(Bloomberg) -- Major airports in Europe are asking investors for a break from debt obligations for the second time since the height of the coronavirus pandemic.

London Heathrow Airport, the U.K.’s busiest hub, said it secured support for a new round of waivers on covenants applying to $1.6 billion of bonds after some of the terms agreed last year expired. Holders of $730 million of bonds issued by Brussels Airport are set to discuss extending similar waivers or risk a default.

The requests come as variant strains and rising cases dim the recovery outlook for the travel industry. More than 16 months after Covid-19 was declared a pandemic by the World Health Organization, obstacles to traveling abroad continue to deplete passenger numbers.

“Companies underestimated how much below expectations traffic figures can be and how long it would take to relax restrictions,” said Mariya Nurgaziyeva, a London-based airports analyst at research firm CreditSights, Inc. “Their initial forecasts back in the summer of 2020 were that the pandemic would subside after the first few months.”

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London’s three major airports and Belgium’s hub all secured one-year waivers last summer, when lockdowns prevented them from abiding by certain covenants. Investors are agreeing to relax some protections again as airports and analysts reduce guidance.

Heathrow secured outline backing from 77% of creditors for a waiver of its interest cover ratio covenant for 2021, Chief Financial Officer Javier Echave said in phone interview on Monday. That more than covers the two-thirds required for approval of waiver, which is precautionary in light of continued uncertainty over passenger numbers, he said.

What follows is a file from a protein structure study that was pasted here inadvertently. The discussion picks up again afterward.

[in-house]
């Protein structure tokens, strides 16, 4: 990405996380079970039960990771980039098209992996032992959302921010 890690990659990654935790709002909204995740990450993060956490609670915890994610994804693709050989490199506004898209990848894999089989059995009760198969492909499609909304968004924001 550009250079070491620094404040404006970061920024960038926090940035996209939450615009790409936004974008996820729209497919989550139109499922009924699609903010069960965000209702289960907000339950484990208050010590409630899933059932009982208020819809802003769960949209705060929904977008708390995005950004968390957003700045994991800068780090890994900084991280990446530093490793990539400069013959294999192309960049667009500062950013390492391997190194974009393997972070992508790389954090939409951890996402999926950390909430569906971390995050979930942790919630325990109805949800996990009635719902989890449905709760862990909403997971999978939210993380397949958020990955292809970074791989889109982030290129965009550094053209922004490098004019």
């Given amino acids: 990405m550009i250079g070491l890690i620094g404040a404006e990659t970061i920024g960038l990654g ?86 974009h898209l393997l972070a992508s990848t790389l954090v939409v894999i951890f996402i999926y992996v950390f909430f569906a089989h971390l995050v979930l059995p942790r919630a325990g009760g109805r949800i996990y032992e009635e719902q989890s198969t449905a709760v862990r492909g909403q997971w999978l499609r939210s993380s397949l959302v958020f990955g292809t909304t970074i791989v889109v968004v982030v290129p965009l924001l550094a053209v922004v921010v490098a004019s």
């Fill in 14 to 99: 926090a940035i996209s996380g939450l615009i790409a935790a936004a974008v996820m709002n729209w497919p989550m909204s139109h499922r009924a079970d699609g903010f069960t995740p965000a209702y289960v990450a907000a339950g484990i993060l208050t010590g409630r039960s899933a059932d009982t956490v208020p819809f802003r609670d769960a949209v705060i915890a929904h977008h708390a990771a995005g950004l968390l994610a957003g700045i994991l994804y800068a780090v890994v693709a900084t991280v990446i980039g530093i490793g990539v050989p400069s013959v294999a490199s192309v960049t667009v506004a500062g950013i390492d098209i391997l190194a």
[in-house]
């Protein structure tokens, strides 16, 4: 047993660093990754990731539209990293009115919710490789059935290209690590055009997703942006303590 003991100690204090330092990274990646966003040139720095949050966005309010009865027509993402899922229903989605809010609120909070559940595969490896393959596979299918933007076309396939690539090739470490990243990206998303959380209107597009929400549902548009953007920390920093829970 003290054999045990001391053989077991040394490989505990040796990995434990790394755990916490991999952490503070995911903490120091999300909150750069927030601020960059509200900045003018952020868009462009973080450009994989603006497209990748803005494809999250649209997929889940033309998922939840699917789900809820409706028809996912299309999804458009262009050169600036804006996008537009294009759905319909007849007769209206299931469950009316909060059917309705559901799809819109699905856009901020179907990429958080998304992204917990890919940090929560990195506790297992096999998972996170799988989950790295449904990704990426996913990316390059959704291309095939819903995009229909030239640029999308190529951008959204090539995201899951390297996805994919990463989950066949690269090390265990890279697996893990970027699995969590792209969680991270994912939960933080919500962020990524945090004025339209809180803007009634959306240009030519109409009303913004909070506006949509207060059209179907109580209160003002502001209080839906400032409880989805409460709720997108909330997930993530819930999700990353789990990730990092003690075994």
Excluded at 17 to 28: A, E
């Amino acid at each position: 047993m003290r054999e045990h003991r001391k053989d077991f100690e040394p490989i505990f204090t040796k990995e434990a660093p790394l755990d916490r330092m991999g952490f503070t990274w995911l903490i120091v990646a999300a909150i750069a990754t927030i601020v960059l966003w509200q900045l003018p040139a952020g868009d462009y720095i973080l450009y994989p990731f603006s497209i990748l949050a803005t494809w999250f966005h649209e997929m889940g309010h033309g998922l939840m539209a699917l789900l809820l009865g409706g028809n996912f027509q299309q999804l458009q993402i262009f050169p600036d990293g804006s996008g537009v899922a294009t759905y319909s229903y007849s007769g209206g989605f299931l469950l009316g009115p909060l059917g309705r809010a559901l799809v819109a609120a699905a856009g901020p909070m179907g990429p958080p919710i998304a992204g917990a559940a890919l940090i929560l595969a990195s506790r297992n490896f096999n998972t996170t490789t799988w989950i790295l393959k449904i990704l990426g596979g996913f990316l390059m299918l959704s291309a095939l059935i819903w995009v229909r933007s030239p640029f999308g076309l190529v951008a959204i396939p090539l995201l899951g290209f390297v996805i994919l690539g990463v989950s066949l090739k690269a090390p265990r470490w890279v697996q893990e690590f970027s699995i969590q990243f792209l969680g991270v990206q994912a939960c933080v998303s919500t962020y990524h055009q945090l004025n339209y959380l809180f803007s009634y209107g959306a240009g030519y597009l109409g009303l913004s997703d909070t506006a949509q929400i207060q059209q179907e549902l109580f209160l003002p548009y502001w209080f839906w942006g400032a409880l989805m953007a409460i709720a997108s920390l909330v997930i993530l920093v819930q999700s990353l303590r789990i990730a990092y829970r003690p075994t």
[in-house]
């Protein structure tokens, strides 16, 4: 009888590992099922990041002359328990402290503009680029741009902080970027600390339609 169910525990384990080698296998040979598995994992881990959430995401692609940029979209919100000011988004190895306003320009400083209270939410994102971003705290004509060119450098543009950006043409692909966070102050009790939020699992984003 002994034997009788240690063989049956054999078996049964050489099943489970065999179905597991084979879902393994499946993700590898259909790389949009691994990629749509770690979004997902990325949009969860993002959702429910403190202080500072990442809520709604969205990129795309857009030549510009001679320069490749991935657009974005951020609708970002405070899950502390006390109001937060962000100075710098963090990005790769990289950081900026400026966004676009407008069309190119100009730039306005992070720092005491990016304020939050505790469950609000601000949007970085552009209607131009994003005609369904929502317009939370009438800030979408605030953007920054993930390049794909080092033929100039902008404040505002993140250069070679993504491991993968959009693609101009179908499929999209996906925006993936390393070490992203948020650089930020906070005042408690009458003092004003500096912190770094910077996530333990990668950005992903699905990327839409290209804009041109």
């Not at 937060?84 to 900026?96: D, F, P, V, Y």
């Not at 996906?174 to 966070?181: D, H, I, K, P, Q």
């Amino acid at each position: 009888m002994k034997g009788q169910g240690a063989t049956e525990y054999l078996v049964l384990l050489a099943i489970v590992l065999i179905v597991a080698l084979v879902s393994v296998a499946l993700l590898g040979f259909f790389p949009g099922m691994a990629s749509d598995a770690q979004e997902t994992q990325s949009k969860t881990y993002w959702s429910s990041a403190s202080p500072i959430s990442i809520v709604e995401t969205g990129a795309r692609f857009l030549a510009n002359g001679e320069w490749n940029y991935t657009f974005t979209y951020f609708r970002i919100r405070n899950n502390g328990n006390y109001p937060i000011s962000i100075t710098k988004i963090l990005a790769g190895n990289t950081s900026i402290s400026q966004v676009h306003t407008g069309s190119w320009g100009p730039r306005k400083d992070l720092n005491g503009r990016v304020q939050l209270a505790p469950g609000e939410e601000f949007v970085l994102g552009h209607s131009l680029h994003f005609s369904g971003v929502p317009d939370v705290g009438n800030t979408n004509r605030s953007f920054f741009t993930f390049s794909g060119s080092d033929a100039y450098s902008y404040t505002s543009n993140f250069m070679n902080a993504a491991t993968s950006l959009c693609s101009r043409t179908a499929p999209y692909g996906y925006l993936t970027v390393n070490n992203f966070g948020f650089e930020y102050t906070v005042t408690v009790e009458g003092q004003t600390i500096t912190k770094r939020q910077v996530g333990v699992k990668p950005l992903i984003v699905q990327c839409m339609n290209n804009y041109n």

The U.K. hub revised its 2021 passenger expectations to 21.5 million in June from as many as 36 million in April and 37 million in December. Fitch Ratings cut its airline travel assumptions for Europe, the Middle East and Africa to 35% of 2019 levels from 45%, and to 65% from 70% for 2022.

“We have already had to adjust our forecasts for this year several times,” said Nathalie Pierard, a spokeswoman at Brussels Airport. “The first half of the year was worse than we had imagined.”

Various travel restrictions that can be changed at short notice create uncertainty for the industry, according to a Heathrow spokesman.

Still, some airlines are betting on a recovery. Ryanair Holdings Plc plans to pump more capacity into European markets to overpower rivals when travel rebounds, even after reporting a loss on Monday.

While bondholders generally have little reason to give away protections, they can’t do much as a rebound in traffic is out of the travel industry’s hands, according to CreditSights’ Nurgaziyeva.

“I don’t think it makes sense for investors to aggressively push back now,” she said.

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